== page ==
Presentation of Data

Presentation of Data: Diagram attracts the human mind more, compared to numerical figures, which causes one to pause for a while to have a glance at the diagram and thus can get an overall ideas of the said data. In practice a very large variety of diagrams are in use and new ones are constantly being added. In the following only more frequently used diagram are discussed.

1. One Dimensional: The one dimensional representation of data includes different types of bar diagram.

a) Simple Bar Diagram: To draw a simple bar diagram, equidistant bars each of equal width are drawn on a line, one for each group of data. The value of each group is represented by the height of the corresponding bar generally, in case of time based data, vertical bars are drawn and to represent space based (or other) data horizontal bars are drawn. A simple bar diagram is used to represent only one variable.

b) Sub Divided Bar Diagram: The sub divided bar diagram is used if the total magnitude of the given variable is to be divided into various parts or components. The method of drawing this type of diagram is same as that of the bar diagram, only the bar drawn should be divided into various segments, according to the given components of the total.

c) Multiple Bar Diagram:  To represent two or more numerical characteristic by the same diagram, multiple bar diagram is to be used. A multiple bar diagram is obtained by drawing a number of equidistant vertical set of bars on a line. Each set of bars contain two or more adjacent bars. Width of the bars is same and height of the corresponding bars is to be taken in the ratio of the numerical figure which is denoted by that bar. The total numbers of set of bars are taken to be equal to the total number of items.

d) Percentage Bar: Percentage bars are particularly useful in statistical work which requires the portrayal of relative changes in data. When such diagrams are prepared the length of the bars is kept equal to 100 and segments are cut in these bars to represent the components (percentage) of an aggregate.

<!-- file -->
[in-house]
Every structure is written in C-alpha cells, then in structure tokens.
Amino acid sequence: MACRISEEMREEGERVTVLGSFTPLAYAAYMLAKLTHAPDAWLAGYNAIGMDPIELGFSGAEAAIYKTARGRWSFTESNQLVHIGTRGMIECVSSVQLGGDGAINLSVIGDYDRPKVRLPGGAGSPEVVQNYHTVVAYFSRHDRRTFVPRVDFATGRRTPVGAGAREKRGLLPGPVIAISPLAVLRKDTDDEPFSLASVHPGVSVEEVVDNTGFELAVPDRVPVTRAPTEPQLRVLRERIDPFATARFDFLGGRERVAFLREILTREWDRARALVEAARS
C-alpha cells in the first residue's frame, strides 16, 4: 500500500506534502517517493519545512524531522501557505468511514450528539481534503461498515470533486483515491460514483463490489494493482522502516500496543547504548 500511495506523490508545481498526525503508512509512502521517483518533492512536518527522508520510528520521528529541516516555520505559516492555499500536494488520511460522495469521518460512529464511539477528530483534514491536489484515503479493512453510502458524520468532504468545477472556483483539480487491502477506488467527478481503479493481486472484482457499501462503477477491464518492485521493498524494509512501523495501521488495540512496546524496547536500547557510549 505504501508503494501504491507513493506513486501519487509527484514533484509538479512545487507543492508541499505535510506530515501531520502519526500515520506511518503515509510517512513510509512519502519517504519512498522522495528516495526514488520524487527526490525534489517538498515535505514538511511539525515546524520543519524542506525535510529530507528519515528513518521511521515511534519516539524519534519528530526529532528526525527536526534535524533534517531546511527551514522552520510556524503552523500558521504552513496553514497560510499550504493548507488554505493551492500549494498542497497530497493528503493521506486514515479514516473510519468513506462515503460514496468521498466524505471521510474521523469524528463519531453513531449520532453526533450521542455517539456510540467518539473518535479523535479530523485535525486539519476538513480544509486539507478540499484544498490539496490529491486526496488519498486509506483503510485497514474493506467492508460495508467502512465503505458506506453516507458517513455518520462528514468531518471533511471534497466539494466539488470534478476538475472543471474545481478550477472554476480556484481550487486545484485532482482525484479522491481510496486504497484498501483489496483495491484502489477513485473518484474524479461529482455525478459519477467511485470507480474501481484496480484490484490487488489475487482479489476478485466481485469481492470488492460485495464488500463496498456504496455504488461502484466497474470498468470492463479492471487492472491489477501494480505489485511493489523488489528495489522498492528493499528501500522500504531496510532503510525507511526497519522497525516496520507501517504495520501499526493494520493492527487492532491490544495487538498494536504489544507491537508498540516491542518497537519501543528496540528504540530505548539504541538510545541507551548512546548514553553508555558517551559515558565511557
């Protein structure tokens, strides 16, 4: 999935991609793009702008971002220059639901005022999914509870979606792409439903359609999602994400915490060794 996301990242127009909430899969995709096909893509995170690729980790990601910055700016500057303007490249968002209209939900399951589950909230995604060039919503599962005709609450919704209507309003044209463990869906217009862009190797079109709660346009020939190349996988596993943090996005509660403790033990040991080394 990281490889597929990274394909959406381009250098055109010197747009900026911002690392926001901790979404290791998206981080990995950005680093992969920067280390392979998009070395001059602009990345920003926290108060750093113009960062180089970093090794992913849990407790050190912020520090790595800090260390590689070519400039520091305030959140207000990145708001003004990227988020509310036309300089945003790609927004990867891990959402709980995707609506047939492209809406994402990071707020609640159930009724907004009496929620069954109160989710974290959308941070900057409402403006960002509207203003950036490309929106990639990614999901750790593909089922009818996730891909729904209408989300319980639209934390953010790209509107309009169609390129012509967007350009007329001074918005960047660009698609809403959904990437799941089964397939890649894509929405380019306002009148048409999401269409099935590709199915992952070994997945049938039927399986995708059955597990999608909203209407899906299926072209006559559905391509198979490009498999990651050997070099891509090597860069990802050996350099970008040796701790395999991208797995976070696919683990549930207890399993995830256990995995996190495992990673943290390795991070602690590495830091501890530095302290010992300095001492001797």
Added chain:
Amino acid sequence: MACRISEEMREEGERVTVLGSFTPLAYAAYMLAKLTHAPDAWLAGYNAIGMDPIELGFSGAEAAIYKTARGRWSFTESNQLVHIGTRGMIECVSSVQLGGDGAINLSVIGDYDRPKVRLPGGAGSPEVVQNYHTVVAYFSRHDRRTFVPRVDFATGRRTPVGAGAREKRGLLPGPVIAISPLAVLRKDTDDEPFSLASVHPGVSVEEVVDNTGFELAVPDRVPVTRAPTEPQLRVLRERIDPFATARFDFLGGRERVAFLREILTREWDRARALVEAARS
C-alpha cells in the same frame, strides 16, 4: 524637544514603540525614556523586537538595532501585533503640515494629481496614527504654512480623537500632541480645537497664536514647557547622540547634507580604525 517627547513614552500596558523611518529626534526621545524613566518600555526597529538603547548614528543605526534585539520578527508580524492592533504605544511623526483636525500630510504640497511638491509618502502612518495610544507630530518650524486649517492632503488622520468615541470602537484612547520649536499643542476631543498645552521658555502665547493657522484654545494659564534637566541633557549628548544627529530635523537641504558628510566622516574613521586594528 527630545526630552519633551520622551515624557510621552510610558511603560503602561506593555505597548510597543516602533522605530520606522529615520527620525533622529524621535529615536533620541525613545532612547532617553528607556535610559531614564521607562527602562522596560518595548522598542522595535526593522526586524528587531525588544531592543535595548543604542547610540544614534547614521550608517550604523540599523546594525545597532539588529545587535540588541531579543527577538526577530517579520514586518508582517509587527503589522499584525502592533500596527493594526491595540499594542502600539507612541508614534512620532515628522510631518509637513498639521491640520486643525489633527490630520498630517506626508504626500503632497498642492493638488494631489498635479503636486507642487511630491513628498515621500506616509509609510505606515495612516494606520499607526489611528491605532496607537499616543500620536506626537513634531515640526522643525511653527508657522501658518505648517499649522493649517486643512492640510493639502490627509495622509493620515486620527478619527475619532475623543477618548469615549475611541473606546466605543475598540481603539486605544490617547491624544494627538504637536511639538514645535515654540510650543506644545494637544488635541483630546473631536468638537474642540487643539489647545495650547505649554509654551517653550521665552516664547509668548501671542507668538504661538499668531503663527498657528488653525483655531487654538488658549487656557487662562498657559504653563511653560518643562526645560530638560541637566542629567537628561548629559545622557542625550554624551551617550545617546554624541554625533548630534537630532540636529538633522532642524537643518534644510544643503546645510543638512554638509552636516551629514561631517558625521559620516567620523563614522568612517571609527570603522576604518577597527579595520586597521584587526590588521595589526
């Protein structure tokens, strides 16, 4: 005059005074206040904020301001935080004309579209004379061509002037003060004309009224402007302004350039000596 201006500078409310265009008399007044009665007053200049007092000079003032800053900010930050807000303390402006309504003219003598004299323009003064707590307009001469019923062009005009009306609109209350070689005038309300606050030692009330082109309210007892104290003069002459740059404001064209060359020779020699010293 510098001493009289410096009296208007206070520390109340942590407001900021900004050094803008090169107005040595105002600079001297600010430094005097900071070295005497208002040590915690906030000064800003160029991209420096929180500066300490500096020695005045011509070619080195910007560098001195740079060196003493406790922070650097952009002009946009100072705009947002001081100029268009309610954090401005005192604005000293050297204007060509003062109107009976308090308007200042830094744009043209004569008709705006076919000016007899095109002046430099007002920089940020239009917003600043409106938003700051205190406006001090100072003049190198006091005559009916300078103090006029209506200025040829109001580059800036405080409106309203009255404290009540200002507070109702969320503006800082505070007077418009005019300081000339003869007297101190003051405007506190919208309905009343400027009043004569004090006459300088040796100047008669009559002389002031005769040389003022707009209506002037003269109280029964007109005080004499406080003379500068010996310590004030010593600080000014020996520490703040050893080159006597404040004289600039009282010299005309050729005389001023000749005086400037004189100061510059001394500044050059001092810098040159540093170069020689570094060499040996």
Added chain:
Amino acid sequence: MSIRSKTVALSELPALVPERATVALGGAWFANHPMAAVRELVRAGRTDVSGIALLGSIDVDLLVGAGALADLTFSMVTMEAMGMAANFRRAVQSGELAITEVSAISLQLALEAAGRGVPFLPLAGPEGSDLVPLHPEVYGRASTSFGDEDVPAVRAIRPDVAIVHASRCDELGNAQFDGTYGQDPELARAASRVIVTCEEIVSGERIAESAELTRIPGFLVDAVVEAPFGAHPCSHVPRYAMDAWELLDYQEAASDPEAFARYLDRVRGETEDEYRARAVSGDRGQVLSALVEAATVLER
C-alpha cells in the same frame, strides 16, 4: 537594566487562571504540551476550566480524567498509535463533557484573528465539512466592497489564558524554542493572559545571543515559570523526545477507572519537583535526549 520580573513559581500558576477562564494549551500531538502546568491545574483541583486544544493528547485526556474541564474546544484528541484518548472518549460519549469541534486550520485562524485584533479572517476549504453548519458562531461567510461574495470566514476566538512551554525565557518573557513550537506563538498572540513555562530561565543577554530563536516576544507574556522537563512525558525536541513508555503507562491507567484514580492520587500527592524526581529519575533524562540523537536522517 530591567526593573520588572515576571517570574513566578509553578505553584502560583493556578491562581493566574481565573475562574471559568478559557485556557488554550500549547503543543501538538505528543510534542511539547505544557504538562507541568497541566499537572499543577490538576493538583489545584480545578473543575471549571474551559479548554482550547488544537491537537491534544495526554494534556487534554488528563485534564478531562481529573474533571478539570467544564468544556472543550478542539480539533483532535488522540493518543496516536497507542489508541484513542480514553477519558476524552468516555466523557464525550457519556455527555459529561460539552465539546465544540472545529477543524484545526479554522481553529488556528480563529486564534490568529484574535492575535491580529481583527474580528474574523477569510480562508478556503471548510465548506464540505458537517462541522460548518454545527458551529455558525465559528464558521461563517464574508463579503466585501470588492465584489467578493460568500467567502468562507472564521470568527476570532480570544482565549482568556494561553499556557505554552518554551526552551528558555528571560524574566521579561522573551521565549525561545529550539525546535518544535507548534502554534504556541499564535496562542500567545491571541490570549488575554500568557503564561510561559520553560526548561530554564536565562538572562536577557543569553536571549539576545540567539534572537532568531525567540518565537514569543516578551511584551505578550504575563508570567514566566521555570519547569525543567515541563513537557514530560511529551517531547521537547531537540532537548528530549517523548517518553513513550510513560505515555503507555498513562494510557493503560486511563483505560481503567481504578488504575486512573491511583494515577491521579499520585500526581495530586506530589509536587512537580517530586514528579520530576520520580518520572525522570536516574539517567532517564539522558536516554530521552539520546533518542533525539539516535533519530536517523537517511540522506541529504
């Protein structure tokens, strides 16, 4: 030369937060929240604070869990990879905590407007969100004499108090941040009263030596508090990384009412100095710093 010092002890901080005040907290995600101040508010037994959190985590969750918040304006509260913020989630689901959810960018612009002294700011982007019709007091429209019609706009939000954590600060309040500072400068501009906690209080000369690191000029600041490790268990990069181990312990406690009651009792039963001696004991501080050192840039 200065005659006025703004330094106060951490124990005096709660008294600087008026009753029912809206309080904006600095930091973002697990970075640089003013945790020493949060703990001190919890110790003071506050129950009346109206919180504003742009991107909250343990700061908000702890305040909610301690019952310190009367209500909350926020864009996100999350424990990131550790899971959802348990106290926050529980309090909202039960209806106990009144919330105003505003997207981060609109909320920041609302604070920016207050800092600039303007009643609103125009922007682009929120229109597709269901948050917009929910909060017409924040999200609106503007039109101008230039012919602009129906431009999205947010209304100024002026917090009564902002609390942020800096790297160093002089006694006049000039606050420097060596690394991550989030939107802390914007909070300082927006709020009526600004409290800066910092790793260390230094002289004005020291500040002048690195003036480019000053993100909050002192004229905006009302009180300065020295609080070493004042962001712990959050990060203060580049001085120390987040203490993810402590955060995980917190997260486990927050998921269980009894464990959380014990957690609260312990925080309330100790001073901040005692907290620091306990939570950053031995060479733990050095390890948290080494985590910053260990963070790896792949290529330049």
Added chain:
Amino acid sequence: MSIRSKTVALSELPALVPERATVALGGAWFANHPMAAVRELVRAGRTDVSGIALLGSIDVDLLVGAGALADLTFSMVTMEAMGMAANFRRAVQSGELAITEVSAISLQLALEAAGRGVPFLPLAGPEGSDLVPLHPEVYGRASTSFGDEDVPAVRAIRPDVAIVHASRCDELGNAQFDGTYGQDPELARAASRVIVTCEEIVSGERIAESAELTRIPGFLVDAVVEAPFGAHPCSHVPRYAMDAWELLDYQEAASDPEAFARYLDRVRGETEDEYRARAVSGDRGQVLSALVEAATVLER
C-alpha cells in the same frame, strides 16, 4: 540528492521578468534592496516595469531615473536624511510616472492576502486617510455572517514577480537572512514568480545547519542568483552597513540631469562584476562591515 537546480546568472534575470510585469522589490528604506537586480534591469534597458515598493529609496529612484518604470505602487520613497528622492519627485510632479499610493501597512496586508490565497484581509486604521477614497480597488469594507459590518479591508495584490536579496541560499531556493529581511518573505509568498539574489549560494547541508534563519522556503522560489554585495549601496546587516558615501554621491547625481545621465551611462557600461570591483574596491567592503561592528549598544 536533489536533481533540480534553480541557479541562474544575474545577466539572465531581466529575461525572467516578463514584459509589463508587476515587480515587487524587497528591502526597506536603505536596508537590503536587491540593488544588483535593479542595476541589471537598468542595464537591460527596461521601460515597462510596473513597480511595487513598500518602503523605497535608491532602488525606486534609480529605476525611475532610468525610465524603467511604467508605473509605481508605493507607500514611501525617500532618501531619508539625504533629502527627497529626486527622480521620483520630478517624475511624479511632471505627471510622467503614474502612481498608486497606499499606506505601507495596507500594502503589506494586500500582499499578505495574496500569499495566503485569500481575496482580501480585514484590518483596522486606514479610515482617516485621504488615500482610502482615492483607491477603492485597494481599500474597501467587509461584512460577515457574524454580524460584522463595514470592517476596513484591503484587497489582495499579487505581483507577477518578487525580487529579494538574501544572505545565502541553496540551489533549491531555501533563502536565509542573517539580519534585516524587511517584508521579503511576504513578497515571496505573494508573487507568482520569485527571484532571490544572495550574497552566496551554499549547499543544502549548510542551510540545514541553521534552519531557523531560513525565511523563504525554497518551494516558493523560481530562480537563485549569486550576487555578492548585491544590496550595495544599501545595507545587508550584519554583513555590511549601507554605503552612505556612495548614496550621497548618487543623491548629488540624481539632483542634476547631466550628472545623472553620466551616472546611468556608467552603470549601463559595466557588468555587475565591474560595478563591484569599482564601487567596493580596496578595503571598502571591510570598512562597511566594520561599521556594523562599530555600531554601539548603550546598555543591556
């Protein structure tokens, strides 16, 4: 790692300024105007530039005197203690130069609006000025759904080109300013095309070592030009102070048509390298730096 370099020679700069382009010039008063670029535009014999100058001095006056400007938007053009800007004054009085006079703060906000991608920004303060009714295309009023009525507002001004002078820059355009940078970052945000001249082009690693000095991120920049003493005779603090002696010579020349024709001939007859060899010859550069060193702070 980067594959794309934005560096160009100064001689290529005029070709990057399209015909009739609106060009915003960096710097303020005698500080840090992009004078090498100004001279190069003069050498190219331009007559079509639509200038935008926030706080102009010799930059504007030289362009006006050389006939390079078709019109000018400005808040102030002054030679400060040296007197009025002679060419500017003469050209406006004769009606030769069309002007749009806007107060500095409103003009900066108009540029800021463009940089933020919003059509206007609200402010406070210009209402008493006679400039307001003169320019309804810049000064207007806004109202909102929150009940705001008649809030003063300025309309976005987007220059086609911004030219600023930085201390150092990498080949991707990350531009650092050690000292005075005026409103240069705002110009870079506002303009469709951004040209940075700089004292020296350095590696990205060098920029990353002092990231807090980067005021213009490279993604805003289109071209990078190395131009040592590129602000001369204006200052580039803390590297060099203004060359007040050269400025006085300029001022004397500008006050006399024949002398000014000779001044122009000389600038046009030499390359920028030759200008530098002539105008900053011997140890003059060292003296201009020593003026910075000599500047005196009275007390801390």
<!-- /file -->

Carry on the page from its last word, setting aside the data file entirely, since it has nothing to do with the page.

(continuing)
e) Deviation Bar:  Deviation bars are popularly used for representing net qualities – excess or deficit, i.e. net profit, net loss, net export or imports etc. such bars can have both positive and negative values. Positive values are shown above the bars line and negative values below it.

2. Two Dimensional: In two dimensional diagrams, the length as well as the width of the bars is considered. Thus the area of the bars represents the given data. Two dimensional diagrams are also known as surface diagram or area diagram. The important types under this category are-

a) Rectangles: In constructing rectangle one may represent the figures as they are given or may convert them to percentage and then subdivide the length into various components. The area of a rectangle is equal to the product of its length and width, so in constructing a rectangle both length and width are important.

b) Squares: The rectangular method of diagrammatic presentation does not look good when the values of item vary widely. So, in order to overcome this difficulty squares method are used. In this method one has to take the square root of the values of various items that are to be shown in the diagrams and then select a suitable scale to draw the square.

c) Circles: In Circles both the total and the component parts or sector can be shown. Since the area of a circle is preoperational to the square of its radius, so in the construction of circles, the square root of various figures are worked out, and the radii of the circles drawn are proportional to the square root of the figures.

d) Pie Diagram: For constructing a pie diagram the various components values of data are transposed into corresponding degrees on the circle, and then the diagram obtained by dividing a circle into various sector is known as circle or pie diagram. The number of sector should be equal to the total number of components parts. The area of the sectors should be taken in the ratio of the values of the constituent parts.